amy chaplin

celebrating the art of eating well


POSTED ON October 1, 2009


I was introduced to the excitement and delight of fermenting foods by Sandor Katz (mentioned here).  After a five day workshop with him all I wanted to do was retreat to a country kitchen and experiment. He showed us how to make ferments from all over the world: miso, cheese, mead, dosa, injera and even fruit kimchi. All these recipes and his broad knowledge and unique experience are beautifully put together in his book Wild Fermentation. I highly recommend it. Kimchi was the first thing I made after that inspiring workshop and we put it on the menu at Angelica Kitchen immediately.

Kimchi is a spicy Korean condiment made from cabbage that is fermented with chili, garlic, ginger, scallions and some times fish. The recipe below is a basic fermentation method and can be adapted to any flavor/vegetable combination you want . Make it with just cabbage and it’s sauerkraut, then try adding other flavors to that like caraway seeds, curry spices, mustard seeds…the sky is the limit. Making kimchi, sauerkraut or pickles is a great way to preserve the last of the local cabbage and all those colorful chilis.

Traditional cultures from all over the world consumed a variety of fermented foods in their daily diet from kimchi and soybean ferments like: miso, tempeh and tamari in Asia; sourdough breads and sauerkraut in Russia; and fermented dairy products like kefir, yogurt and cultured butters in all parts of Europe. These days we eat far less, if any ferments, and further, many of the things we consume, like antibiotics, chlorinated drinking water, alcohol and even antiseptic mouth washes decimate the “good” intestinal bacteria, disrupting the delicate balance.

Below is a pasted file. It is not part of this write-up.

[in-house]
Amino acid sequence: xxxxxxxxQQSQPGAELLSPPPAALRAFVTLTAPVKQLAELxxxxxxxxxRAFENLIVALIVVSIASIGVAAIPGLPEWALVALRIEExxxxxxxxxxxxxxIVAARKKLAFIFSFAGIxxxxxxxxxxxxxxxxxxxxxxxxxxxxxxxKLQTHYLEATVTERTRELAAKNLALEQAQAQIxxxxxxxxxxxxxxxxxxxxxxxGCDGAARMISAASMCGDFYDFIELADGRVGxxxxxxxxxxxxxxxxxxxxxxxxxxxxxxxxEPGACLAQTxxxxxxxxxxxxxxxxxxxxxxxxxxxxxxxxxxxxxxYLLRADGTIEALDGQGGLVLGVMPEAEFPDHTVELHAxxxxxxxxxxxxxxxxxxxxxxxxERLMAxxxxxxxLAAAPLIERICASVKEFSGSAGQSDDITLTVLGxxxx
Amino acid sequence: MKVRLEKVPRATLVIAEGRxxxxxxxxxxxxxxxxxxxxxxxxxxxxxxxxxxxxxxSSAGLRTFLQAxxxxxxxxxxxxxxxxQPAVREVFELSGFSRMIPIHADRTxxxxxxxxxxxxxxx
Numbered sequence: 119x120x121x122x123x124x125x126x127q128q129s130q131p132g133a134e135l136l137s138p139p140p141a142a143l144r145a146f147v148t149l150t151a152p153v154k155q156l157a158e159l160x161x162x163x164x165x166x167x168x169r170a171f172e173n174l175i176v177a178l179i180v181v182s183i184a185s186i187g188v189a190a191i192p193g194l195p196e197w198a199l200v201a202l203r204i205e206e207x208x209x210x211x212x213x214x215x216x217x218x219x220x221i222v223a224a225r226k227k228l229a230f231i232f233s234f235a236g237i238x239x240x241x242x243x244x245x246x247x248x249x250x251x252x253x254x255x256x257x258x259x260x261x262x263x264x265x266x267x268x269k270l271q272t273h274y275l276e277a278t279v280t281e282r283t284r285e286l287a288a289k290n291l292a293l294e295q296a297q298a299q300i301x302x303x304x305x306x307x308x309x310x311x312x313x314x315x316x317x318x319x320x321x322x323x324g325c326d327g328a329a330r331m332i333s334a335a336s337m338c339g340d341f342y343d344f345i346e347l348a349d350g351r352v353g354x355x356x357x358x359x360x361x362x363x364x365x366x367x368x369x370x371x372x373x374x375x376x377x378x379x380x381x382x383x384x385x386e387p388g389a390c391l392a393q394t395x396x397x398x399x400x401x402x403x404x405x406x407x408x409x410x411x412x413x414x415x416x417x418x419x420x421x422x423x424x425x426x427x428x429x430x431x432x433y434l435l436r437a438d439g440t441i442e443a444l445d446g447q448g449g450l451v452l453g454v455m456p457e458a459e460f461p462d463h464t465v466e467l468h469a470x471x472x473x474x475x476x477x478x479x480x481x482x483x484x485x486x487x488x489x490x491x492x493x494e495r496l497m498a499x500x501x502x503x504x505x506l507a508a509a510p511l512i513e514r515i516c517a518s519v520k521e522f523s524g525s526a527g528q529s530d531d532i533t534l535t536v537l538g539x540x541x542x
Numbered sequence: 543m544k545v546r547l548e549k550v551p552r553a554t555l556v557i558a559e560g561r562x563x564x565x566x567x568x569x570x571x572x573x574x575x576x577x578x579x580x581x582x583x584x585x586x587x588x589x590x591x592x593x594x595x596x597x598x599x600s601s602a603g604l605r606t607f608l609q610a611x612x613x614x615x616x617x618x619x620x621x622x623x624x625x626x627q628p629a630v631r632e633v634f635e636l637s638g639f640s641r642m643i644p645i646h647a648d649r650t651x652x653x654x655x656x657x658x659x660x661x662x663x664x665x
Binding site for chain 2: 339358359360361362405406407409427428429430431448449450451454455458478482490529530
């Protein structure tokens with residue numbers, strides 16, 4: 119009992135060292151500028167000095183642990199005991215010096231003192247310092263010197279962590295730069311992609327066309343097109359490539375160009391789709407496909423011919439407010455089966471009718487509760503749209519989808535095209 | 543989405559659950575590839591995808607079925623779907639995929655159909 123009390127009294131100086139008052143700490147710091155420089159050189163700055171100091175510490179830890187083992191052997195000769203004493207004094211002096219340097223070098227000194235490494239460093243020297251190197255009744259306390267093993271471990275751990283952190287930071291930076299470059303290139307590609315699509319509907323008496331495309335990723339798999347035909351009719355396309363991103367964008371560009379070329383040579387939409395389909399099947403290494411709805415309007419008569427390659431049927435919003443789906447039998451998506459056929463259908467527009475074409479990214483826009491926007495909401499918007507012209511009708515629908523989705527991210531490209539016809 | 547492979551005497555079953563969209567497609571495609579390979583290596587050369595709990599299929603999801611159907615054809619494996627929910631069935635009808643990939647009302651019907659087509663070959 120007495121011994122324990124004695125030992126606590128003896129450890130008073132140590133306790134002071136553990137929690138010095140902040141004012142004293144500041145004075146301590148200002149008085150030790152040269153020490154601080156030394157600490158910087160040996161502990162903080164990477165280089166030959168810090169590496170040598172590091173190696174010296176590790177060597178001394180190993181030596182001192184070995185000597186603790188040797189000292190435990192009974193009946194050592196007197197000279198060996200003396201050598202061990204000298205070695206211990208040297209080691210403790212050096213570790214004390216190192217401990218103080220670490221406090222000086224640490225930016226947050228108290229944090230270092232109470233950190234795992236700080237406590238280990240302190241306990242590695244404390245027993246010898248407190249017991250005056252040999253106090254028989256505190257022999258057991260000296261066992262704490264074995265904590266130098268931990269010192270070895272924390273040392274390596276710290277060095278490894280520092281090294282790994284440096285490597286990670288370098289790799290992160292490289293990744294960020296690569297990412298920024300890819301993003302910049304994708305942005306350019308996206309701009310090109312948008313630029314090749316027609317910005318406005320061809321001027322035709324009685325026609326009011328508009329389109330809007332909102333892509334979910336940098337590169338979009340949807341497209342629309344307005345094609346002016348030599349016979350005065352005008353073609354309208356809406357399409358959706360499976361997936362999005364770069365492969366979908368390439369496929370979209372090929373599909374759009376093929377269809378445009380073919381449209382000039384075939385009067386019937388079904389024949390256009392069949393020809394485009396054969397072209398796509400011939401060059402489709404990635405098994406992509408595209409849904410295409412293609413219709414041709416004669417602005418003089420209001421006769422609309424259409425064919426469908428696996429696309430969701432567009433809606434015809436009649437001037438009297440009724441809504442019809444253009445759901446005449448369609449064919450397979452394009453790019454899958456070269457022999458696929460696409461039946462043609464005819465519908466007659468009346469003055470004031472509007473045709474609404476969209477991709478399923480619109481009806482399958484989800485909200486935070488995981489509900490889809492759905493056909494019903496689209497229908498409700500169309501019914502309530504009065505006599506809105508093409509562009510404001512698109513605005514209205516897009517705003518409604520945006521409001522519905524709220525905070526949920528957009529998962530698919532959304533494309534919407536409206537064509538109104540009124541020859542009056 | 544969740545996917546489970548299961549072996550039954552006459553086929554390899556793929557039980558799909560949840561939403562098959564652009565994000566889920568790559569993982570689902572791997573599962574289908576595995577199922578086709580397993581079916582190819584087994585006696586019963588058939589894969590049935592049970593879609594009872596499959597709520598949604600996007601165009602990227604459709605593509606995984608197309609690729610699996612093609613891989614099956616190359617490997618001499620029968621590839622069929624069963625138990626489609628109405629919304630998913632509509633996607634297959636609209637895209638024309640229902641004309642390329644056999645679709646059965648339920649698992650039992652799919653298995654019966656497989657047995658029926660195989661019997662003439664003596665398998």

Lactobacillus acidophilus found in fermented foods is not only beneficial in restoring healthy intestinal flora, a key factor to assimilating nutrients in the digestion process, but also helps the body produce natural antibiotics (supporting your immune system) and anti-carcinogenic compounds (helping to fight cancer).
Adding just a 1/4 cup of sauerkraut, kimchi or other naturally fermented pickle to your daily diet will boost and maintain helpful intestinal bacteria. Make sure that the sauerkraut and pickles you buy are naturally fermented and unpasteurized to ensure that you are getting your daily dose of active live enzymes.


kimchi ingredients, left out the cilantro

kimchi ingredients, left out the cilantro

“The science and art of fermentation is, in fact, the basis of human culture: without culturing, there is no culture…. Culture begins at the farm, not at the opera house, and binds a people to a land and its artisans.” Sally Fallon

ready to ferment

ready to ferment

packing the kimchi

packing the kimchi

day 1

day 1

day 7

day 7

P.S. Check out for more health tips from me.


1 Napa cabbage (1 3/4 pound), you can also use green cabbage
2 carrots, thinly sliced
6 radishes, thinly sliced
6 to 8 scallions or a medium onion, thinly sliced
1 1/2 inch piece ginger
4 large cloves garlic
4 red jalapeño or other kind of chili, more if you like it hot
2 1/2 tsp sea salt

Slice cabbage and place in a large bowl. Add carrots, radishes and onion.
Peel ginger and place in a food processor with garlic and chili. Process until finely minced and add to the bowl with cabbage. Sprinkle with sea salt and using your hands mix everything, kind of massaging everything together, until the cabbage wilts and gets juicy. It should taste a little saltier than you would prefer, this changes as it ferments.